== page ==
Sunday, September 8, 2019

Geoffery Jack vs Wessex City Council Coursework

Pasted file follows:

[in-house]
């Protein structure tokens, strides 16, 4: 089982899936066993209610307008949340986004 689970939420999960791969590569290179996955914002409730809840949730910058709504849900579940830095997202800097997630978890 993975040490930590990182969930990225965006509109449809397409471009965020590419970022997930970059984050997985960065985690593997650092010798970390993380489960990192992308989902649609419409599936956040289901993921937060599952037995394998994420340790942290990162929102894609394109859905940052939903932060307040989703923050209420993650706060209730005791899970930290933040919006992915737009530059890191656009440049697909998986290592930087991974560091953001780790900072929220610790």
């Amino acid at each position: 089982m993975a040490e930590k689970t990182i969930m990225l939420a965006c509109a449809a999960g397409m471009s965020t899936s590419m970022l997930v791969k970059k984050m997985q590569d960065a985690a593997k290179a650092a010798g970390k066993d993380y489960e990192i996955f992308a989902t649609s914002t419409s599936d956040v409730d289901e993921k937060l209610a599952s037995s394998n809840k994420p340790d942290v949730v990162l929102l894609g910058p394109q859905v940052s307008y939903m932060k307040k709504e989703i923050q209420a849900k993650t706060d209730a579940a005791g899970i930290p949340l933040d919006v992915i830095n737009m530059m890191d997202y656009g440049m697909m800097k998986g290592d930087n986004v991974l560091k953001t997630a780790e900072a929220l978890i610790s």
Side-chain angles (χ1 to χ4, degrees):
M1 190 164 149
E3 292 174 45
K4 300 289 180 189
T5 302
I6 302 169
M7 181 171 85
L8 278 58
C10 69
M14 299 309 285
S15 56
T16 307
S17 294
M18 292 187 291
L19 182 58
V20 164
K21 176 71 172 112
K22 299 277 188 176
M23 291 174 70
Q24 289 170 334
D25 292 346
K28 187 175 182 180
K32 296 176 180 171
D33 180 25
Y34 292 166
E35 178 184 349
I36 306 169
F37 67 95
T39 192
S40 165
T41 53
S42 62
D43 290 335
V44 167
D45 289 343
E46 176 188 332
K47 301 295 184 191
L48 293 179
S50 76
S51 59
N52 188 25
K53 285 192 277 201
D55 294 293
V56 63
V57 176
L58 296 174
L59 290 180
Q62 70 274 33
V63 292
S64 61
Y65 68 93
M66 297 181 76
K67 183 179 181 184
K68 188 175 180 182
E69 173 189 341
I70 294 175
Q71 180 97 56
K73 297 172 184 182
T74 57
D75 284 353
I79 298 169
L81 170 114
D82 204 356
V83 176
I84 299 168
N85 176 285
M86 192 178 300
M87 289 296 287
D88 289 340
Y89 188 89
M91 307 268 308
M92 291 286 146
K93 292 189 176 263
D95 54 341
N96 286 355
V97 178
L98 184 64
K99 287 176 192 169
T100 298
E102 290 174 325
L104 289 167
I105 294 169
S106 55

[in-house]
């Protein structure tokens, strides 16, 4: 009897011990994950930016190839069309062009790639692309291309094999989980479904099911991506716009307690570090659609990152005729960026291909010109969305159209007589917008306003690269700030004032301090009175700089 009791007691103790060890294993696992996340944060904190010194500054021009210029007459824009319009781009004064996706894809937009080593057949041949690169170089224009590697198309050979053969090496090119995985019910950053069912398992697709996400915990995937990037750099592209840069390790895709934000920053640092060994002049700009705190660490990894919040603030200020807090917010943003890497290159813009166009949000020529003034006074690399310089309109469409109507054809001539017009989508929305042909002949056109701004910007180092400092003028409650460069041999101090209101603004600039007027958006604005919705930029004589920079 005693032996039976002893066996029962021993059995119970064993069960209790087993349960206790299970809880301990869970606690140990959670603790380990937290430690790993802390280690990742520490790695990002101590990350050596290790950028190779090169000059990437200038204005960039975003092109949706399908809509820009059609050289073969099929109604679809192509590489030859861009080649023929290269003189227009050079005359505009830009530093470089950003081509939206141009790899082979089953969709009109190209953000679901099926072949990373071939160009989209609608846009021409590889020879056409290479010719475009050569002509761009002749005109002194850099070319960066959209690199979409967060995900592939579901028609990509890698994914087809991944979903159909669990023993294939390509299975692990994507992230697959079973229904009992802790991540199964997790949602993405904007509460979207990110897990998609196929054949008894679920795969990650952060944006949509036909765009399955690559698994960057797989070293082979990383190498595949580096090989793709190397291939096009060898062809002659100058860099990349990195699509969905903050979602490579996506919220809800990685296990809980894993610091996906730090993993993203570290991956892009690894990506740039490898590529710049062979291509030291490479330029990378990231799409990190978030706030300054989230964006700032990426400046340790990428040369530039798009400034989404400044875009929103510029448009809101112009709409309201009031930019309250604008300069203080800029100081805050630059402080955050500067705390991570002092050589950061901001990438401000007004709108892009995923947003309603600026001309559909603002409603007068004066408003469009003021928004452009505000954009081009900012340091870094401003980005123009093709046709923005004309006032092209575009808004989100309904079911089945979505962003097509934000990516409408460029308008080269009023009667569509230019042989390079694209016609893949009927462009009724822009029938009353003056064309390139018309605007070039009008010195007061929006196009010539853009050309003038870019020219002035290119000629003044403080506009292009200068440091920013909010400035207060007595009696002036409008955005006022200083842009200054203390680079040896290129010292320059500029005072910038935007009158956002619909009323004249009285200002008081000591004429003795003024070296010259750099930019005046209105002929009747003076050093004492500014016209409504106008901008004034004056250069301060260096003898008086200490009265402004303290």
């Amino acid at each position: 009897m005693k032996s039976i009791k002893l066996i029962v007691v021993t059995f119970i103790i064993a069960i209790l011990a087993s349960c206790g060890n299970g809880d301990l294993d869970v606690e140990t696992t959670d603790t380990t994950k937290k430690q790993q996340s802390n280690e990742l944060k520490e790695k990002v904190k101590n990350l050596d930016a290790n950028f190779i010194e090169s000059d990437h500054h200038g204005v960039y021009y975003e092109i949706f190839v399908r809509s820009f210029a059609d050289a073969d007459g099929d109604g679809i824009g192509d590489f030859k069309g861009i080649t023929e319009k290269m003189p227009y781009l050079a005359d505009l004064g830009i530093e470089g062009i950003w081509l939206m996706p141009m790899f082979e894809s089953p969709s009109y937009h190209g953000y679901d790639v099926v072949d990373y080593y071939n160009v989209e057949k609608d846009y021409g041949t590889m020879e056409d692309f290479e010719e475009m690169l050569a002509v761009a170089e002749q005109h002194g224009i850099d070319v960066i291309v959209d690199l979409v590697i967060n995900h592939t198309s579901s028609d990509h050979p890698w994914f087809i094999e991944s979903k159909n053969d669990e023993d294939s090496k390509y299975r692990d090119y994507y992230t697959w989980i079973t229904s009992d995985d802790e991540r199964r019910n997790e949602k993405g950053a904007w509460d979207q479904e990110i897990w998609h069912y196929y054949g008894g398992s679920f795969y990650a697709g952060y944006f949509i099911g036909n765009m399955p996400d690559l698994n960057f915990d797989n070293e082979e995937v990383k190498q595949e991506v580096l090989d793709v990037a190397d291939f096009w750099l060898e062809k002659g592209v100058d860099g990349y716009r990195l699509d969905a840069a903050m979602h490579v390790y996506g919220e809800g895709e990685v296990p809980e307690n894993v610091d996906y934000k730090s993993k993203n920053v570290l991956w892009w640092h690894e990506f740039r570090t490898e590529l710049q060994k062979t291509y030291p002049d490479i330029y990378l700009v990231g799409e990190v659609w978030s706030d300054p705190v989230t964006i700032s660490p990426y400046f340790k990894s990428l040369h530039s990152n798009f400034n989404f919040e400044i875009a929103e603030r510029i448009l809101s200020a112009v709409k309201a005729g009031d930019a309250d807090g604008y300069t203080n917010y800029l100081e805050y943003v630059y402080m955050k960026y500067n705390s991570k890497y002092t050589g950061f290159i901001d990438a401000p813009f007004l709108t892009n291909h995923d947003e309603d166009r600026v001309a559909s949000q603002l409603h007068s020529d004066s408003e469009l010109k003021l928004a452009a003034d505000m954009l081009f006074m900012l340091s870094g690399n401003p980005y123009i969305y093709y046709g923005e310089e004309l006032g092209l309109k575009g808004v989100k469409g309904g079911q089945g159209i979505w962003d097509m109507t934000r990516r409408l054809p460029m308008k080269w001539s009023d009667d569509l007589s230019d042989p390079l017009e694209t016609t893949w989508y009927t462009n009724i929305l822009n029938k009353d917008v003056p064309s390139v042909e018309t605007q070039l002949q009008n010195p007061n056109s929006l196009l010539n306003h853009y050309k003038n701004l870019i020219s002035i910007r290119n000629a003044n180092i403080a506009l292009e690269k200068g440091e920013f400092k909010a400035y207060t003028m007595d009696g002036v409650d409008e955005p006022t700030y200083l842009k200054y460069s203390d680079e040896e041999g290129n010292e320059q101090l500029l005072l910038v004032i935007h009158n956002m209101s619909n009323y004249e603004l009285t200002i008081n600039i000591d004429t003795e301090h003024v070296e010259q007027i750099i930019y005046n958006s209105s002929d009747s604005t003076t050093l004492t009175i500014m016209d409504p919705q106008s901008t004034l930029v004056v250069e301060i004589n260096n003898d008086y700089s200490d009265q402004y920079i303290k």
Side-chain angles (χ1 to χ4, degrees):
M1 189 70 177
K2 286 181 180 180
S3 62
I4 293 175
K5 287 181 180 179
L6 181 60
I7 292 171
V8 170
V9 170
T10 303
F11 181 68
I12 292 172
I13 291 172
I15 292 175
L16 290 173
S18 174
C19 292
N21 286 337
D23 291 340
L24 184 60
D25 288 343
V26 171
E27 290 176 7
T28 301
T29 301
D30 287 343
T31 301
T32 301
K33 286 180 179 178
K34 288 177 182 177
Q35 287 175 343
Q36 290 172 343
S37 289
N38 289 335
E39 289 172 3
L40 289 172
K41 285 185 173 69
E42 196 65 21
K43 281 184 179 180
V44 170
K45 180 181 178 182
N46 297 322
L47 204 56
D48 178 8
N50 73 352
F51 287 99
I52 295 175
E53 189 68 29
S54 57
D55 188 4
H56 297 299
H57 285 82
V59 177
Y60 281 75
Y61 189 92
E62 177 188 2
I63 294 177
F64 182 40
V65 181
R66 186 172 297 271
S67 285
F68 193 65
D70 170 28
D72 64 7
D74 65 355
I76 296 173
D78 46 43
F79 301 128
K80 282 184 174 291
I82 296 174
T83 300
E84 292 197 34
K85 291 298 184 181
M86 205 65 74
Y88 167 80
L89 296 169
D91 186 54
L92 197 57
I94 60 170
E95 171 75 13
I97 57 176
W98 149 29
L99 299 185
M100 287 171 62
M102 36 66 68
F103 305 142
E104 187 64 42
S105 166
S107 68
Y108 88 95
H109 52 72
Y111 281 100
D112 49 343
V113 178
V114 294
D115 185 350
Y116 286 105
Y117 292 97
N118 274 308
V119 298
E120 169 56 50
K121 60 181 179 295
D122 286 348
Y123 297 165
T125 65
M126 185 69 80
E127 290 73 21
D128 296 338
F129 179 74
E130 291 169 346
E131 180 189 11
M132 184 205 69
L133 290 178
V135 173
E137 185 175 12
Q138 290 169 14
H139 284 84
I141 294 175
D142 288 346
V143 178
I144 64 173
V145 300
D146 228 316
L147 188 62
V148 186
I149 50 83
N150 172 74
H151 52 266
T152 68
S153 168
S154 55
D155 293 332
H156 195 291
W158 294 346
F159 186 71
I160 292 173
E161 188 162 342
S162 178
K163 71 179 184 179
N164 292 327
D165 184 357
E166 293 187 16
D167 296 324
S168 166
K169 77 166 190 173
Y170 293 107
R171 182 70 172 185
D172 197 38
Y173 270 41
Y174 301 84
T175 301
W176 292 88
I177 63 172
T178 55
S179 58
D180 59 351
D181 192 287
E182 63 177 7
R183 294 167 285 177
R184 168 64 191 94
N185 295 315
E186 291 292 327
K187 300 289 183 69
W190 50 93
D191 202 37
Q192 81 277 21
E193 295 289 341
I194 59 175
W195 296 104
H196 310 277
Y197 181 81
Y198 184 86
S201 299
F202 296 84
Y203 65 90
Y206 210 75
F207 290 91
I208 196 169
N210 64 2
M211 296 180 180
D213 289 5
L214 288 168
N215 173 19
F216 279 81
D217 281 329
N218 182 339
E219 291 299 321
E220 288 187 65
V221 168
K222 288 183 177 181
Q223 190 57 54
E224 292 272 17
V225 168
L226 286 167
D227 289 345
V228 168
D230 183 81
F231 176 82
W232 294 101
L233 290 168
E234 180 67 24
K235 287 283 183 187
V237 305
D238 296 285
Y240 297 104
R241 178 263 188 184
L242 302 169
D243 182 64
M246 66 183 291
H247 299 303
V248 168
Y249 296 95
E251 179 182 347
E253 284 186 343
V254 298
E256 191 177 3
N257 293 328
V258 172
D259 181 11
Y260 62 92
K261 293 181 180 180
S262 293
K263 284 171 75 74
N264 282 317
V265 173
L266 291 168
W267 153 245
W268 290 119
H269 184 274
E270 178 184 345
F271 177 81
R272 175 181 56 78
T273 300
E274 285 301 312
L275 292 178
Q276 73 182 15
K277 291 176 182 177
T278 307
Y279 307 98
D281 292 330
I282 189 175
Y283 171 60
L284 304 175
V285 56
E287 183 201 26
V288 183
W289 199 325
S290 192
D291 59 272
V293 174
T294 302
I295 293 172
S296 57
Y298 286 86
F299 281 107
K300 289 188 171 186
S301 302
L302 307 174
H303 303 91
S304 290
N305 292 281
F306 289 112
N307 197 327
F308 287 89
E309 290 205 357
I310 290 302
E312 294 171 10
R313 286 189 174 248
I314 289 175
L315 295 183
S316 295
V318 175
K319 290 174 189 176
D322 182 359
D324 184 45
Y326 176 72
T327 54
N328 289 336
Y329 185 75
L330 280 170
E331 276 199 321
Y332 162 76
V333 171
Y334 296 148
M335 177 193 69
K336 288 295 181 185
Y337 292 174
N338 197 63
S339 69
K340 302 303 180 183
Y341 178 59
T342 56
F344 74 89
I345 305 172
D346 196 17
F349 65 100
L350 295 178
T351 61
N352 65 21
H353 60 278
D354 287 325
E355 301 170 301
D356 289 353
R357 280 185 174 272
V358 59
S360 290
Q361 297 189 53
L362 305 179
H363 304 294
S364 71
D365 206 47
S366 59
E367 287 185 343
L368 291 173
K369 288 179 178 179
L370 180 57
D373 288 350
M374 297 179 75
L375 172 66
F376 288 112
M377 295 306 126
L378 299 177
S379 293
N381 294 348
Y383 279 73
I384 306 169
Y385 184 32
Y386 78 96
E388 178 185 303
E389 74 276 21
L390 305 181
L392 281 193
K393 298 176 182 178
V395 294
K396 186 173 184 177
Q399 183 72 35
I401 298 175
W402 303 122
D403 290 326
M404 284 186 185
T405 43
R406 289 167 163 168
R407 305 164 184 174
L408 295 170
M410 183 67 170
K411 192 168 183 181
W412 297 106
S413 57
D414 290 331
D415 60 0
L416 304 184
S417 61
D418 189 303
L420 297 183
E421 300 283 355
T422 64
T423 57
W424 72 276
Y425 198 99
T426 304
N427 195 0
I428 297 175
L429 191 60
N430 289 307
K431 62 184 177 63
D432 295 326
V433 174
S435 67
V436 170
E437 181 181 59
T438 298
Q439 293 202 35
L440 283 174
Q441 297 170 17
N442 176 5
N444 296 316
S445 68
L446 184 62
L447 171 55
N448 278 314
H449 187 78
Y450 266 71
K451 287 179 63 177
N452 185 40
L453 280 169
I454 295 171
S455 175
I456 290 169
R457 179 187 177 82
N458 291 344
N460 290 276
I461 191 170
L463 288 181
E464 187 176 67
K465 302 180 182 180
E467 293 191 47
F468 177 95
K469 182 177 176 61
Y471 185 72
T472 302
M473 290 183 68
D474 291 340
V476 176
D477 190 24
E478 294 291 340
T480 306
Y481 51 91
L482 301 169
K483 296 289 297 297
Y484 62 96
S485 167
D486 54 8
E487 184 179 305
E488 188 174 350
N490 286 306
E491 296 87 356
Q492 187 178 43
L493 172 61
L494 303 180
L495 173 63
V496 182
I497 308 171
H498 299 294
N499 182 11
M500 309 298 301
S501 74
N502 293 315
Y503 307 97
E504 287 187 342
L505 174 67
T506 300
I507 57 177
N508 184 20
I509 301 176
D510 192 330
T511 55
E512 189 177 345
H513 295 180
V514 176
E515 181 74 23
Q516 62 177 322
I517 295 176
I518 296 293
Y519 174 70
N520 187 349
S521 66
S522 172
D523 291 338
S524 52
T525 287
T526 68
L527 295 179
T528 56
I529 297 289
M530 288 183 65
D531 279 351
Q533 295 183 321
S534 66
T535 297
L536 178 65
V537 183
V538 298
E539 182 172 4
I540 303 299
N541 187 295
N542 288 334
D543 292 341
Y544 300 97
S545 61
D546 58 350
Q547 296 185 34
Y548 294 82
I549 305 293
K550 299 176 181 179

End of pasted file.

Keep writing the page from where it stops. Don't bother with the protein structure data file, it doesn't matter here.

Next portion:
Geoffery Jack vs Wessex City Council - Coursework Example According to the research findings, it can, therefore, be said that the legal issues, in this case, were as follows: first, the council argued that under Section 41(1) of the Highways Act 1980 it was only under a duty to maintain the highway and this duty did not extend to, as Mr. Jack alleged, keeping the road free of snow and frost at all times. Second, the issue was to construe the exact meaning of the word â€Å"maintenance† and whether it could contain the duty to keep the snow and ice off the road. Third, the issue was the scope of the duty that had to be attributed to the local authority to maintain the highway. Was it an absolute duty? Was it based on negligence on nuisance? Fourth, whether the council at that point in time when the accident occurred was under a duty to maintain (meaning according to the one decided upon earlier) and did it breach that duty. It is likely that Lord Hoffman stuck to the literal rule of interpretation. When construing the meaning of the w ord â€Å"maintenance† he laid down the possible meanings of this word, alluding to â€Å"repair† whether that included maintenance or not. But he also mentions in line 218 that regardless of what meaning is attributed to the word â€Å"maintain† the material issue in this question is that of whether the council had a duty to ensure that no ice has been present on the road that morning. The purposive rule is seen applied where Lord Hoffman tries to observe the intention of the parliament (or the draftsman) and looks at the entire historical context to hold that as far as maintenance was concerned, the council was already carrying that out. In rules of language, it could be said that Lord Hoffman made use of the ‘Ejusdem Generis’ as he quoted different meaning of maintenance in line 44. In determining whether a duty existed or not, the court clearly applies literal rule in holding that the council did not owe a duty to make sure that there was no sno w – and it held that a duty to maintain only includes maintaining the fabric of the road and not to make sure no snow was ever present on the surface. Lastly, from line 156 to line 190 the court seems to be operating on the presumption that the common law has not changed and no legislation (1959 or 1980) purposed to change the common law, instead of subsequent acts only codified it. There is evidence that Lord Hoffman referred to the long title of the Highway Act 1980 and that constitutes an intrinsic aid in statutory interpretation. Other intrinsic aids that he alluded to were the definitional section contained in the act itself.

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